Democrats who support abortion rights have been touting the vote in Kansas as an indication the issue will motivate voters in races across the country this November.
Senate Majority Leader Chuck Schumer claimed this week that the results show “the winds blowing in the Democratic direction.”
“What happened in red Kansas … is a reflection of what is happening across the country and what will continue to occur through the November elections,” he said.
But except for a handful of states, abortion referendums will not be on the ballot in November. And it remains unclear how much of a factor abortion rights will be in motivating people to go to the polls, in races for Congress, as well as state offices.
Still, there’s no doubt the U.S. Supreme Court’s decision to overturn Roe v. Wade in June has altered the political landscape.
In Arizona: Deny, deny, deny
Republican Kari Lake, who was endorsed in her run for Arizona governor by Trump, has also employed his “can’t lose” campaign strategy.
On Thursday night, the race was called for Lake after a close contest with Karrin Taylor Robson in the GOP primary. But even before the election, Lake claimed there was an effort to “steal” it away from her. When reporters pressed her for evidence, she never had any.
Lake, a former TV anchor who has also repeatedly said that the 2020 presidential election was stolen from Trump, was one of a slate of GOP election deniers in Arizona. And they all did well.
Blake Masters, who was also backed by Trump, won the GOP Senate nomination. Mark Finchem, also supported by Trump, won the Republican nomination for secretary of state. The state lawmaker last year tried to decertify the 2020 election in several Arizona counties, on baseless accusations of voter fraud. He was also at the U.S. Capitol on Jan. 6, though he said he never went inside the building.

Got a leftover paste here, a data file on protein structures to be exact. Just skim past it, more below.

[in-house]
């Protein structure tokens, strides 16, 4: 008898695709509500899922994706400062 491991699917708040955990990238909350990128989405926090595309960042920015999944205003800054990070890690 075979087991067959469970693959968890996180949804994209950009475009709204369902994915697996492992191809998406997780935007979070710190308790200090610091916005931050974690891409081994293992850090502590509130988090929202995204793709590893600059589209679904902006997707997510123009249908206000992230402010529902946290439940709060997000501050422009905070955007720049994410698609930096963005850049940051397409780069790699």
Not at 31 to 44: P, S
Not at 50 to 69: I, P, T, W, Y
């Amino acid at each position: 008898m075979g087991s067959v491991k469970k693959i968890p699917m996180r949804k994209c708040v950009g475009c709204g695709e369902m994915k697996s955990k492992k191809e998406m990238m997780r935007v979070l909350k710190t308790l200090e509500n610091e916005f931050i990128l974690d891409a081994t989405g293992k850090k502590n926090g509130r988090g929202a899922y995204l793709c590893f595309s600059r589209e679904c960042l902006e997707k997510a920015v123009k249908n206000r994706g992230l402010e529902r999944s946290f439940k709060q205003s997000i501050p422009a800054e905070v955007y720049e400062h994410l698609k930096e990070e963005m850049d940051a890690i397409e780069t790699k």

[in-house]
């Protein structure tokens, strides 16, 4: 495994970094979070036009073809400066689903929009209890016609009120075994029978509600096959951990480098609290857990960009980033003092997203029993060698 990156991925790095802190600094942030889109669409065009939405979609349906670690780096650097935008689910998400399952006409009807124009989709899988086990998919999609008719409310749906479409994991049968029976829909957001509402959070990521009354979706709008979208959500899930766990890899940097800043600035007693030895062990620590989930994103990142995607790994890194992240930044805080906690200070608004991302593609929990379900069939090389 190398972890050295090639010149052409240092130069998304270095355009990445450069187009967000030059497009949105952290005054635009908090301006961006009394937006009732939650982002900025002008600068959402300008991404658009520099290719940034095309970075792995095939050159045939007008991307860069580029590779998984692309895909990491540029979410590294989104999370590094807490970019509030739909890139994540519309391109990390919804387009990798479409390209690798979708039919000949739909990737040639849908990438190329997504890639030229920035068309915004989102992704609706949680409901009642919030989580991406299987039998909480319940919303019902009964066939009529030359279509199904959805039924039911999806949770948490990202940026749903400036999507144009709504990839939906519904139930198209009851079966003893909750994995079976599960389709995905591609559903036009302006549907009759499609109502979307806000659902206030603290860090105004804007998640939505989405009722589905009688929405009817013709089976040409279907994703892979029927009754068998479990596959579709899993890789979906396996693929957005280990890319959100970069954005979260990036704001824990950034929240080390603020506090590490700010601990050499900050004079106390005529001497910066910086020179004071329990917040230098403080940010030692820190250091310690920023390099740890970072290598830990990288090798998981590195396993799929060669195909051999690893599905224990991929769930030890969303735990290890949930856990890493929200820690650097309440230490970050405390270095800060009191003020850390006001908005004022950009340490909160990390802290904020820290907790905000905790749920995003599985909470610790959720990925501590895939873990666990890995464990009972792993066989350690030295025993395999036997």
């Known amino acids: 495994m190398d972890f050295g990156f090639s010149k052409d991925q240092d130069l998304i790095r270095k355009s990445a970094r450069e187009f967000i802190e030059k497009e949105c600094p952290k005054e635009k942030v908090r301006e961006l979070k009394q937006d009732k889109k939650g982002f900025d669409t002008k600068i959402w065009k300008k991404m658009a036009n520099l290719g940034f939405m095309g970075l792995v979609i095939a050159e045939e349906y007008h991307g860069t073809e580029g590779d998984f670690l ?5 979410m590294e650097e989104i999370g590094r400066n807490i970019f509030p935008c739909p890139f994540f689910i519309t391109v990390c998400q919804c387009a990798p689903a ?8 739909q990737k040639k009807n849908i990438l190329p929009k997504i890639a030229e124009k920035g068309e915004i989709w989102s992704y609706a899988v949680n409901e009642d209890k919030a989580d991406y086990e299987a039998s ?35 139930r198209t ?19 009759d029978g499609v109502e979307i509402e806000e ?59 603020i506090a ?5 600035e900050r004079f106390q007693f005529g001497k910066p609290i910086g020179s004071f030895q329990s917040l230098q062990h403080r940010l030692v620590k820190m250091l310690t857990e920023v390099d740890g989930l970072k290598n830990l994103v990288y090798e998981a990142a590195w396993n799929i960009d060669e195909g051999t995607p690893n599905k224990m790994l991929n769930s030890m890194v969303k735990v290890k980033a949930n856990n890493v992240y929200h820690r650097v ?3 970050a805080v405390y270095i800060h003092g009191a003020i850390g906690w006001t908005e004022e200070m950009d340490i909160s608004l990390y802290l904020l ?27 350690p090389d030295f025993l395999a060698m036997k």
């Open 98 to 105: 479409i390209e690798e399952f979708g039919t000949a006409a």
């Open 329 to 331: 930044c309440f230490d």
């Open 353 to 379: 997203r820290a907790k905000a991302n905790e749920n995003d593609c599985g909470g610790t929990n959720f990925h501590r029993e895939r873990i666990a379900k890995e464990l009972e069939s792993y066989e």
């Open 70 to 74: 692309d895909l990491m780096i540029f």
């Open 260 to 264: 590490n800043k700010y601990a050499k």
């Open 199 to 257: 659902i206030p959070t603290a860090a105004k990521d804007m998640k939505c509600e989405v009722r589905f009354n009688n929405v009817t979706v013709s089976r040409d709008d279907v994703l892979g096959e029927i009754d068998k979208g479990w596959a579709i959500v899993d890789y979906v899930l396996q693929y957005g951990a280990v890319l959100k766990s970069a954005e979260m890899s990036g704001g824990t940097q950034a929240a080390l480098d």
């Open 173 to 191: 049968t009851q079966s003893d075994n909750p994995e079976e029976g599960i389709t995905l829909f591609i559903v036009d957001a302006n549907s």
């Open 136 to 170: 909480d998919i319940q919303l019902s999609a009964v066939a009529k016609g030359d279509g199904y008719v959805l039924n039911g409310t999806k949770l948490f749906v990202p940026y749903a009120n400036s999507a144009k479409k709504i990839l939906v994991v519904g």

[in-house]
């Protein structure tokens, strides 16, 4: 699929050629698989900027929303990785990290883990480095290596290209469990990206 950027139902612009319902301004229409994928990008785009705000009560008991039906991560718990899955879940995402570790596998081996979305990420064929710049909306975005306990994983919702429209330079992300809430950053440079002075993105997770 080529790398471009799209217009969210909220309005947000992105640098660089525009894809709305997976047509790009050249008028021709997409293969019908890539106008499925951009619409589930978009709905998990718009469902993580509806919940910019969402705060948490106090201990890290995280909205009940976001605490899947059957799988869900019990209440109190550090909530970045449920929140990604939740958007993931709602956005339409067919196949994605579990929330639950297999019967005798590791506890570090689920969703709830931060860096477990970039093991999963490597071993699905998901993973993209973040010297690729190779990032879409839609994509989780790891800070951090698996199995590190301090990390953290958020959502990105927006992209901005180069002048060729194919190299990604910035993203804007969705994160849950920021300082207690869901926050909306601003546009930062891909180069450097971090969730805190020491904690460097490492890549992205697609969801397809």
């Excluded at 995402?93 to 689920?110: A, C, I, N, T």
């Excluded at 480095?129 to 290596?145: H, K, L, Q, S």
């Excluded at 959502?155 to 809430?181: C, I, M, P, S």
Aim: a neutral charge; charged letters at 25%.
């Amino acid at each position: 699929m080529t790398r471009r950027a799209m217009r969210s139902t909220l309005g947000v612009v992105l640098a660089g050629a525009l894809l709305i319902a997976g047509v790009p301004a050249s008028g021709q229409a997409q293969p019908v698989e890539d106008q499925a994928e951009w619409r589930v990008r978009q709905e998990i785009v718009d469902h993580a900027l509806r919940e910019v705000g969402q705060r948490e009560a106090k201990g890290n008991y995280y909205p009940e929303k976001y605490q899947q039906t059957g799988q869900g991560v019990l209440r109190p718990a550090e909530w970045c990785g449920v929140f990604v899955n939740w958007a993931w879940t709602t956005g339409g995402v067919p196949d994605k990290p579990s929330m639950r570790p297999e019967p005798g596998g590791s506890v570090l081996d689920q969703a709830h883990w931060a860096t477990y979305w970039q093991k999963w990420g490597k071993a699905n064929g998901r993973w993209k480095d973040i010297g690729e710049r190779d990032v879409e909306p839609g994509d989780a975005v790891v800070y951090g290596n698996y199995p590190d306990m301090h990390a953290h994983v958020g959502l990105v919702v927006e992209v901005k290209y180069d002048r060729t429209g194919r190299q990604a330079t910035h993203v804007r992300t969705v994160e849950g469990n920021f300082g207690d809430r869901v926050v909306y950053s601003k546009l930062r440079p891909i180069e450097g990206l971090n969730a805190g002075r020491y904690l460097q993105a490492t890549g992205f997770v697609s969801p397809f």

It’s interesting how there are so many accusations of fraud when candidates are upset that they — or their preferred candidate — lost an election. But if they win … well, never mind.
Democrats’ unease over Biden
Two longtime New York Democrats running for reelection against each other in one of the most high-profile congressional races in the country got a lot of attention this week for what they didn’t say about President Joe Biden.
During a televised debate, Reps. Jerry Nadler and Carolyn Maloney both declined to explicitly say that they think Biden should run again for the White House in 2024.
Thursday on CNN, Maloney didn’t back down from an earlier statement that she doesn’t think Biden will run again. But she did apologize to the president, saying, “I want you to run. I happen to think you won’t be running, but when you run or if you run, I will be there 100%.”
With the president’s approval ratings still low, Democrats running for office haven’t exactly been running toward defending his record.
In fact, Rep. Dean Phillips, a Democrat from Minnesota, said in a recent radio interview he doesn’t think Biden should run for reelection.
Worth your time
From Nick Iannelli
- The race for Montgomery County executive is still undecided.
- We’ve entered ‘Part 2’ of the local election season in D.C.
- A federal judge throws out a lawsuit seeking new Virginia elections.
From Mitchell Miller
- What the Kansas vote on abortion could mean for other states.
- Bipartisan members of Congress keep disappearing.
- A Michigan Republican who lost his primary has no regrets about his vote to impeach Trump.
Dates to remember
- Oct. 17: The deadline to register to vote in Virginia.
- Oct. 18: The deadline to register to vote in Maryland.